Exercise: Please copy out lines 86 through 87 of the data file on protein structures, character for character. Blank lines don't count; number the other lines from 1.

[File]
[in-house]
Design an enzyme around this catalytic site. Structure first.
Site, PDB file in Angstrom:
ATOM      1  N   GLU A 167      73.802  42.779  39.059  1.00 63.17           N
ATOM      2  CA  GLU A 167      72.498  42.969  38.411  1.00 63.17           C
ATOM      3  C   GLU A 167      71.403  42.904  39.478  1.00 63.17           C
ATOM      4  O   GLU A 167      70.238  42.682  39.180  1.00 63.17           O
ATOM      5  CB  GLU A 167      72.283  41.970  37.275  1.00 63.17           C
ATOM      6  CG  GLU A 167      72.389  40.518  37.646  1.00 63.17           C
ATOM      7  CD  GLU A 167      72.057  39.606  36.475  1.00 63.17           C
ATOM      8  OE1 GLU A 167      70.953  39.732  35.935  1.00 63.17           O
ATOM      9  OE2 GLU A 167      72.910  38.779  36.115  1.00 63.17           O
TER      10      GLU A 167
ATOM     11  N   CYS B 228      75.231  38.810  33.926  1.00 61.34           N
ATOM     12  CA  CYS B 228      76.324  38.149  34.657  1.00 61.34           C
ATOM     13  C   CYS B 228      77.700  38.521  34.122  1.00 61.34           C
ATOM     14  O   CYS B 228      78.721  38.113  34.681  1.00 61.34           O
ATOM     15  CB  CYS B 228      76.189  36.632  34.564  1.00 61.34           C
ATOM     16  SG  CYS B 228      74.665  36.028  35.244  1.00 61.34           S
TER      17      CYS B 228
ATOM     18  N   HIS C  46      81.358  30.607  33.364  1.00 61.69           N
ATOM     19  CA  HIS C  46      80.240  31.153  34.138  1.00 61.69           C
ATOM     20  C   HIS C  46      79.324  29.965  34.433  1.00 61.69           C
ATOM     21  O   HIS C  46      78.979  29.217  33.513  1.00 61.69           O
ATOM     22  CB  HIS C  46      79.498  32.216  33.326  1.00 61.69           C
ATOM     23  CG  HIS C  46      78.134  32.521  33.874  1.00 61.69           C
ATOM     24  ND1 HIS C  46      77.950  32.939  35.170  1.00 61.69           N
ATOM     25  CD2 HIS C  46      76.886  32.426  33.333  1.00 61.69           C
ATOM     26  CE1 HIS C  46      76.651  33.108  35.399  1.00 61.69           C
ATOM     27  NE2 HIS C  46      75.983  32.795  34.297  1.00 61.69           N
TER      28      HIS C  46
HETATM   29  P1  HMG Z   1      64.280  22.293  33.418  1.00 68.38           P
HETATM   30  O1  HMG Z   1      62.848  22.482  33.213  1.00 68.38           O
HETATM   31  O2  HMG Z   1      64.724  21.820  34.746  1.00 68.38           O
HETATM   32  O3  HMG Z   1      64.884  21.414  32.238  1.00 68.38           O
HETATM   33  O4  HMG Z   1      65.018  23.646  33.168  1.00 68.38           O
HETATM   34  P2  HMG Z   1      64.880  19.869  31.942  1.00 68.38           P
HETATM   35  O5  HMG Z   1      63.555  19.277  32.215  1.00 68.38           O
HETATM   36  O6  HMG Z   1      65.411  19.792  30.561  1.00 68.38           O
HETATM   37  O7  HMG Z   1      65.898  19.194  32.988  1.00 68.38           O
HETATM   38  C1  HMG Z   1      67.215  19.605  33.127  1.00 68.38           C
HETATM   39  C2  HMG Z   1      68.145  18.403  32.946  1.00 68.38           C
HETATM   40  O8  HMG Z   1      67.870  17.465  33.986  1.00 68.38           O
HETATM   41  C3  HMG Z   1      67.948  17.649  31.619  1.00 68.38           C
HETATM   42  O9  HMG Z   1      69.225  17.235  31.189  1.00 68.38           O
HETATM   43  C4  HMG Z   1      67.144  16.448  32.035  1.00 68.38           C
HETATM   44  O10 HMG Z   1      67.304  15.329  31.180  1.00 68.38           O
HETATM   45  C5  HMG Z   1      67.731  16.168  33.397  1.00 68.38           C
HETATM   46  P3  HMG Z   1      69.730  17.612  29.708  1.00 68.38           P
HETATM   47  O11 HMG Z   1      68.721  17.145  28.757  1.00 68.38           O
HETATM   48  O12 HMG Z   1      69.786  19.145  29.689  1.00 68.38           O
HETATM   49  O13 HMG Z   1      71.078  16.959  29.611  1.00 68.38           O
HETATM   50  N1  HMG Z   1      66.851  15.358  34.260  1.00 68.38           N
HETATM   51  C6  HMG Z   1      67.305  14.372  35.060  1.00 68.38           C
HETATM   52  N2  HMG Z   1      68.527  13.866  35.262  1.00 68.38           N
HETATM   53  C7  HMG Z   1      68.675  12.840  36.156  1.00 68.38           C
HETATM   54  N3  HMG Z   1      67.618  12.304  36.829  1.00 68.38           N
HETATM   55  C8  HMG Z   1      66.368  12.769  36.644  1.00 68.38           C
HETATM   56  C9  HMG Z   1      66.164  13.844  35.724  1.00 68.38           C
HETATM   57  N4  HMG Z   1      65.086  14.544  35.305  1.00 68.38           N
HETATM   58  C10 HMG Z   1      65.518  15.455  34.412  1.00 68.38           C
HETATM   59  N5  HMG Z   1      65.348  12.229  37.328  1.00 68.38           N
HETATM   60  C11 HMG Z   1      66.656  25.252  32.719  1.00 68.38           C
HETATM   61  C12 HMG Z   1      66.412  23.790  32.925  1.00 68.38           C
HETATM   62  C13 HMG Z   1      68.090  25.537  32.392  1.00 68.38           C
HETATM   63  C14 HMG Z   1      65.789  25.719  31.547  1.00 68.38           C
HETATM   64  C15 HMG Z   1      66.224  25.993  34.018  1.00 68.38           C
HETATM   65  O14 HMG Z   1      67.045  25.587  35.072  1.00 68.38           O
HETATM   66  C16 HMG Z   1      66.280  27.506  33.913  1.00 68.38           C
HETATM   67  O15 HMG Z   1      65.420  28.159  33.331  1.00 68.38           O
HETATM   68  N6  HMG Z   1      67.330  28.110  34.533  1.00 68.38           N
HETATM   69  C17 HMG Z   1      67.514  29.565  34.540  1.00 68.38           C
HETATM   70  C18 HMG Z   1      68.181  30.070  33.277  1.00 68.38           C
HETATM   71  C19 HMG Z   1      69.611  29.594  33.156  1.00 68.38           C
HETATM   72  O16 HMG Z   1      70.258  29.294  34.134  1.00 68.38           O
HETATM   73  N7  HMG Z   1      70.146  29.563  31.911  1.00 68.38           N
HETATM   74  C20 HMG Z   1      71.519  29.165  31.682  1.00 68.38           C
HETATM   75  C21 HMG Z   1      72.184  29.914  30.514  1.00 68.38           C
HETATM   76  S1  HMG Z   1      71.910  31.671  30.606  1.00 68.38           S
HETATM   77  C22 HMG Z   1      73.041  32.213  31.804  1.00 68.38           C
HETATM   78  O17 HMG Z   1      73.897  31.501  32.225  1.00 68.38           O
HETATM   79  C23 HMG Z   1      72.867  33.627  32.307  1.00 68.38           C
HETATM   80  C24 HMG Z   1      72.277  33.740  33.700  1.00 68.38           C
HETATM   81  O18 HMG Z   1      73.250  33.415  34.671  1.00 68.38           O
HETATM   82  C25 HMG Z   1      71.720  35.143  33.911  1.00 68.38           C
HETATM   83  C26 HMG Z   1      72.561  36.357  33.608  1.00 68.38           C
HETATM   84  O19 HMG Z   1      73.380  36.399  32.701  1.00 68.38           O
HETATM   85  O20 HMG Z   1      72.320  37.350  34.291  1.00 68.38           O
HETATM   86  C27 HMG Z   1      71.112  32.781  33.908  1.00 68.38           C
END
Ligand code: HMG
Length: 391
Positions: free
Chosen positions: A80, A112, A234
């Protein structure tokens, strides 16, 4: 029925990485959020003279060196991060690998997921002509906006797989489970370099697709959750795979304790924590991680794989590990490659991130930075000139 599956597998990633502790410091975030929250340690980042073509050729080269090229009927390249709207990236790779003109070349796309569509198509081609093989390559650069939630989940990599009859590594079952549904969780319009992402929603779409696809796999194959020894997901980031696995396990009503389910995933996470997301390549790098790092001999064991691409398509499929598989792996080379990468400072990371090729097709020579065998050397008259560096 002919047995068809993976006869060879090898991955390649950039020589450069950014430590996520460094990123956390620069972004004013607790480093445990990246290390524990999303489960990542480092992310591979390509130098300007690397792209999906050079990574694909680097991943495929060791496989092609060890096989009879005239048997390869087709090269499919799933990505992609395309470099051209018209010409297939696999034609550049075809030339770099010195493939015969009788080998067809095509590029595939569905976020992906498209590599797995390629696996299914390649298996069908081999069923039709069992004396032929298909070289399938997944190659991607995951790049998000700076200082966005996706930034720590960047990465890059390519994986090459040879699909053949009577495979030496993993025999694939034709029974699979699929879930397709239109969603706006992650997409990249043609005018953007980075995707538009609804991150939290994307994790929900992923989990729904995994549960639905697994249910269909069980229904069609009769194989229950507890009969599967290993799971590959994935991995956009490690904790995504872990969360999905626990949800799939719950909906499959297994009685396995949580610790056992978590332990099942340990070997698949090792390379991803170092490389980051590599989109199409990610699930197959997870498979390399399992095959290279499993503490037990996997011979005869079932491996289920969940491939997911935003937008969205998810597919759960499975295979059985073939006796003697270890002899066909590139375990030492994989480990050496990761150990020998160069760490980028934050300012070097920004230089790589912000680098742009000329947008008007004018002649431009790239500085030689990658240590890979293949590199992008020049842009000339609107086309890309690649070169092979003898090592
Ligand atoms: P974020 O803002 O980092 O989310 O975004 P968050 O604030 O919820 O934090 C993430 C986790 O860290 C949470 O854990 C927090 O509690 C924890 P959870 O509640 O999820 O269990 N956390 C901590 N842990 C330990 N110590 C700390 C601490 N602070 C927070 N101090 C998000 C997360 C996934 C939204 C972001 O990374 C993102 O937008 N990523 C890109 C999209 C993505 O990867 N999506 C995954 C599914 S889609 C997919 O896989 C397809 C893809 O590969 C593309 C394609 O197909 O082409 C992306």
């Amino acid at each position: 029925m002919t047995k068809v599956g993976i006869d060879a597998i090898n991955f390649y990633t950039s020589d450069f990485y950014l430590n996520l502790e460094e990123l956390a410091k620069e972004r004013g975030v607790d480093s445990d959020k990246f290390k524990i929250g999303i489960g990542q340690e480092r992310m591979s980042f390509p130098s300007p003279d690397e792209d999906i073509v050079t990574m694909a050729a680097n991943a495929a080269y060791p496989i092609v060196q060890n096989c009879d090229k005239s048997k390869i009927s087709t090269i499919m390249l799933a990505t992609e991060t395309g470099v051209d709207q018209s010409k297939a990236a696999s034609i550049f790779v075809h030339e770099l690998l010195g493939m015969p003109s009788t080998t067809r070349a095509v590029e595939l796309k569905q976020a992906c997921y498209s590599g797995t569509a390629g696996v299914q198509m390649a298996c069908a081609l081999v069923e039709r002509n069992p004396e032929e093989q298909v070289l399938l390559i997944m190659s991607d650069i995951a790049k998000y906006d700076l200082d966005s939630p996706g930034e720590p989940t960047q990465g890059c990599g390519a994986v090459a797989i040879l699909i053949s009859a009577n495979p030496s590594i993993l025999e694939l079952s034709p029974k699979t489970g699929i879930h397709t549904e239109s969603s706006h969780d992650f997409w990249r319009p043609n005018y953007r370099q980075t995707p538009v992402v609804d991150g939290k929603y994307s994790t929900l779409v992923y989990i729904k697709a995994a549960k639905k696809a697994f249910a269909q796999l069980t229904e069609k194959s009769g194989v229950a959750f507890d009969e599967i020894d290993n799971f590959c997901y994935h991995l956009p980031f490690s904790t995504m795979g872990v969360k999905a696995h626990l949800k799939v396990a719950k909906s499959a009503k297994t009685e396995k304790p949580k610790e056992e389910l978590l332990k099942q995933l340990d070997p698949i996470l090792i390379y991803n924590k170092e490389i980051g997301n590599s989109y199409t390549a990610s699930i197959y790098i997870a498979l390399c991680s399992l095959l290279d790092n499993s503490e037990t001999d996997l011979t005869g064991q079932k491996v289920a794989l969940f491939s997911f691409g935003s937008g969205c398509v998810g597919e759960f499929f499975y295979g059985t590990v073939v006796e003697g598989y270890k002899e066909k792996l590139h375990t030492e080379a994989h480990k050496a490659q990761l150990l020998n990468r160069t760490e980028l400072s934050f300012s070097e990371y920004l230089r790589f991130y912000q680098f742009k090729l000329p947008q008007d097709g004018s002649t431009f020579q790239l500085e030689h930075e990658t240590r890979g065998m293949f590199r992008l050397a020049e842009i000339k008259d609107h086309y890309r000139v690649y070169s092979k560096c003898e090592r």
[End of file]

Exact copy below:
HETATM   83  C26 HMG Z   1      72.561  36.357  33.608  1.00 68.38           C
HETATM   84  O19 HMG Z   1      73.380  36.399  32.701  1.00 68.38           O